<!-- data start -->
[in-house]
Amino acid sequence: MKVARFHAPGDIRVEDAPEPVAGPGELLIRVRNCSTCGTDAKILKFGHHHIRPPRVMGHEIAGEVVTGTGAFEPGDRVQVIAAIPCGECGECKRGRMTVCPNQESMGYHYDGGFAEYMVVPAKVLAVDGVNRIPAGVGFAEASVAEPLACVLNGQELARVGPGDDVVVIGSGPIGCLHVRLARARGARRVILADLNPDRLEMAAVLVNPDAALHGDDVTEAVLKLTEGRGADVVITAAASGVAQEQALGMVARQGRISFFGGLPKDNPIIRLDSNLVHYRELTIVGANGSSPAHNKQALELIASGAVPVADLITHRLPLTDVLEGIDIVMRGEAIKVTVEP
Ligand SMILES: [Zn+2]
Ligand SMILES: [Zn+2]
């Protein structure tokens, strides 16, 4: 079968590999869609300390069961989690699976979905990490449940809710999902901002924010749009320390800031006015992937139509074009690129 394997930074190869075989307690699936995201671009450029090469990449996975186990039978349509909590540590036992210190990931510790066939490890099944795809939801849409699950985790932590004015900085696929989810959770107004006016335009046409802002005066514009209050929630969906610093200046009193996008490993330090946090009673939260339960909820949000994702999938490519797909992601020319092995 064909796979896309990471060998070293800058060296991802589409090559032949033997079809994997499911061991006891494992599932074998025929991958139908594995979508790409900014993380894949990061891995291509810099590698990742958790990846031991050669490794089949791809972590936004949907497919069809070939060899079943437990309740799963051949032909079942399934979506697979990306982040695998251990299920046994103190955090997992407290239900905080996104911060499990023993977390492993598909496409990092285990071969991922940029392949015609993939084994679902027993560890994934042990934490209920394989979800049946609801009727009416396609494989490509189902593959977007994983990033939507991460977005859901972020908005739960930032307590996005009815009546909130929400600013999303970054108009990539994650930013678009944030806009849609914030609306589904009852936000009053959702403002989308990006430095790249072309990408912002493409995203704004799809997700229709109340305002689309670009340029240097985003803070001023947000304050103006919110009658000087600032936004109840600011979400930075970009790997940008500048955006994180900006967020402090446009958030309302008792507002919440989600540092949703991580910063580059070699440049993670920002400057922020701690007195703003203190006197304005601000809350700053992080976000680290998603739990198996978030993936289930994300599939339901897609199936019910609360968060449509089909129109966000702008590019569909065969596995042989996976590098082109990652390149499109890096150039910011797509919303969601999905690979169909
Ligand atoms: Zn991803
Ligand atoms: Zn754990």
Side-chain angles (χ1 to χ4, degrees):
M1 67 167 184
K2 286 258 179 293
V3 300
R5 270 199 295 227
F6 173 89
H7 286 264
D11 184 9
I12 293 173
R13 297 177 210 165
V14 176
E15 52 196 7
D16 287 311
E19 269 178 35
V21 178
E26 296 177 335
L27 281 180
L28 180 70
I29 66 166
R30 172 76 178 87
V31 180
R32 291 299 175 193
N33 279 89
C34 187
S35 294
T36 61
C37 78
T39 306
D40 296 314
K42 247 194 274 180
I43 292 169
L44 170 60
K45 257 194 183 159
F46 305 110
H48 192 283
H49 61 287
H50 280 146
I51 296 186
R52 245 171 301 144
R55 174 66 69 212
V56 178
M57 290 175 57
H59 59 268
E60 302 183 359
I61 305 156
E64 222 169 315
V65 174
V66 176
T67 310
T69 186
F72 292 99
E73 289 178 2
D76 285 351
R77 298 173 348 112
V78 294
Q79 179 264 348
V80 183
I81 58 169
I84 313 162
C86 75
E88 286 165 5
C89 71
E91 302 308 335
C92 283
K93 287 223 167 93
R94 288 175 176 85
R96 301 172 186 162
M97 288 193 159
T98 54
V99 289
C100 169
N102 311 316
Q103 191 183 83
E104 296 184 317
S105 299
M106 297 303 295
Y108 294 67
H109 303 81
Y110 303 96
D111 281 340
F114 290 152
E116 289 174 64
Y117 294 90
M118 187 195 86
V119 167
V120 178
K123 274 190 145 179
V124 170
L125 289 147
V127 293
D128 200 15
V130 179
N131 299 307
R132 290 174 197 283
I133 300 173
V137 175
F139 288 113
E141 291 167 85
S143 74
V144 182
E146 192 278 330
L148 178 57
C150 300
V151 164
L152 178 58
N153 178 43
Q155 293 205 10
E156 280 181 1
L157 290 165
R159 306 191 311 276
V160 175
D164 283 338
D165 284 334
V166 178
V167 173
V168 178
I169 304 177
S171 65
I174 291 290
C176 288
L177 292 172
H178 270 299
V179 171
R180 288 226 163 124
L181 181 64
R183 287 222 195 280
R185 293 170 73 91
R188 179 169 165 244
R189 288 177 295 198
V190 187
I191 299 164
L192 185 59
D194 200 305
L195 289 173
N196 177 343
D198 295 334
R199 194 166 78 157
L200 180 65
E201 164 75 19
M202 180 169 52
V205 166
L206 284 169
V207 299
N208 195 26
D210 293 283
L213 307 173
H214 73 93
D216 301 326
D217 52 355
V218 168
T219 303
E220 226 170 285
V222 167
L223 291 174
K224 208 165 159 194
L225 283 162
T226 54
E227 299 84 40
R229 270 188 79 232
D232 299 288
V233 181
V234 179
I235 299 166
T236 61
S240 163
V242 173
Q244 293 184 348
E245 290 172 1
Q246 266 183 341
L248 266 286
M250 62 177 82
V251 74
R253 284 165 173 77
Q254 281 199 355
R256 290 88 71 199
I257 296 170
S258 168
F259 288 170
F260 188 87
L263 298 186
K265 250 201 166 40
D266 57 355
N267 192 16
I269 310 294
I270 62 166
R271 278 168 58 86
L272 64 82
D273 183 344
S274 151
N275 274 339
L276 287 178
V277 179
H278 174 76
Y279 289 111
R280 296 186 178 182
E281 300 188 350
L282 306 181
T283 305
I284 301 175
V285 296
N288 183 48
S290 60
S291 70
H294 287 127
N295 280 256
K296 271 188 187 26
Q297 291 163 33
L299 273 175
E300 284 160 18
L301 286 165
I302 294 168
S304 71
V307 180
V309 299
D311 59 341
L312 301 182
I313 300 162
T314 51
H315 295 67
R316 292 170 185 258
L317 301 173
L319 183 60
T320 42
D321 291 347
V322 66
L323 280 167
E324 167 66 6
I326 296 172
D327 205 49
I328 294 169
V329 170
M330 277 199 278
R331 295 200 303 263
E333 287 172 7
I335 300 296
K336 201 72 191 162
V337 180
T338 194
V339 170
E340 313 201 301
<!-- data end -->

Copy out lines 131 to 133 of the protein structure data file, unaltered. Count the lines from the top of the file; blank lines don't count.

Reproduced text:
R180 288 226 163 124
L181 181 64
R183 287 222 195 280